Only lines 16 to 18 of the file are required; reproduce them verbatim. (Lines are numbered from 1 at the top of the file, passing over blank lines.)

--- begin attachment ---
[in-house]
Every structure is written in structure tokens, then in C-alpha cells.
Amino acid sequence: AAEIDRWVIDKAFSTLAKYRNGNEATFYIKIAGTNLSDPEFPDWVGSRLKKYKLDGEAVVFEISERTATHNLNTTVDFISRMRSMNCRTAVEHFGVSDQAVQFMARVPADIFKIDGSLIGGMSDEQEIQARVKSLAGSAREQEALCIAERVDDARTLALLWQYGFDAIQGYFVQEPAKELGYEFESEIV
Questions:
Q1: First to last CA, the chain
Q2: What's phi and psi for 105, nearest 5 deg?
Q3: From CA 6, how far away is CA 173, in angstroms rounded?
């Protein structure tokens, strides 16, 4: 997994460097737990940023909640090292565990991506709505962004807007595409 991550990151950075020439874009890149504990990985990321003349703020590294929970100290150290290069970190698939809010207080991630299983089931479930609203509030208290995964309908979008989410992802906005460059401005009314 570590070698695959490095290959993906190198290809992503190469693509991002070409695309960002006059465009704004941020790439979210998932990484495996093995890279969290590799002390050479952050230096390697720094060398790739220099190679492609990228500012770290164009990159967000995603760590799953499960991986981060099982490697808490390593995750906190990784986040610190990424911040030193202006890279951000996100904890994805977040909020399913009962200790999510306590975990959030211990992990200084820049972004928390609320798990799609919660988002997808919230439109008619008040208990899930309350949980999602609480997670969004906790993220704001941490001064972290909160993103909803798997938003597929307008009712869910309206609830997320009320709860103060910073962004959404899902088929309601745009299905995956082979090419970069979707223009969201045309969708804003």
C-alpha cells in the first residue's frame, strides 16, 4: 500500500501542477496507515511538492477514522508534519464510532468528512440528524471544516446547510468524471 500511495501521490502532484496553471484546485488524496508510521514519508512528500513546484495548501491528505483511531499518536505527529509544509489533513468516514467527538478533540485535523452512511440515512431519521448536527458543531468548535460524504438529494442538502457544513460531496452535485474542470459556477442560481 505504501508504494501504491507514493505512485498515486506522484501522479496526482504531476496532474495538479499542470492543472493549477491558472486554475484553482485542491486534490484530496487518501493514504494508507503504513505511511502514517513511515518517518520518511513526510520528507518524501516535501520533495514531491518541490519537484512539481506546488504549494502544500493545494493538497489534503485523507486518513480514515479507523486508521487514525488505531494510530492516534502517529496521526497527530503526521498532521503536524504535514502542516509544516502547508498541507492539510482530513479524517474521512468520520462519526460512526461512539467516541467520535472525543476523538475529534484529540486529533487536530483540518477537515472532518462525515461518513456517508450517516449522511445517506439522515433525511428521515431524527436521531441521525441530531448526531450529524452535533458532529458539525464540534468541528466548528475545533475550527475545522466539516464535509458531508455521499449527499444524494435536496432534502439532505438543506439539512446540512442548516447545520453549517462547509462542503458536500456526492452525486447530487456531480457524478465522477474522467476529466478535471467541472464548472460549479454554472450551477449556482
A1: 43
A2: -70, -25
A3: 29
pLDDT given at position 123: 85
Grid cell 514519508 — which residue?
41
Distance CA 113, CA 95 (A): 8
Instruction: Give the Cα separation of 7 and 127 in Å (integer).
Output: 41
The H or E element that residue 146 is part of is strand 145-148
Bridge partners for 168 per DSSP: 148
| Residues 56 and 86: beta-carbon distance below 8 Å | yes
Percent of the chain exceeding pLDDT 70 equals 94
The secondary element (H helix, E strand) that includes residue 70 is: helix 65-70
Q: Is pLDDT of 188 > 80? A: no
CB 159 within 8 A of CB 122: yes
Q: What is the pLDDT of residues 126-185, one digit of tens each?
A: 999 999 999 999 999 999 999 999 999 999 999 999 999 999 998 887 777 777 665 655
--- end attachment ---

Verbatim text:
Distance CA 113, CA 95 (A): 8
Instruction: Give the Cα separation of 7 and 127 in Å (integer).
Output: 41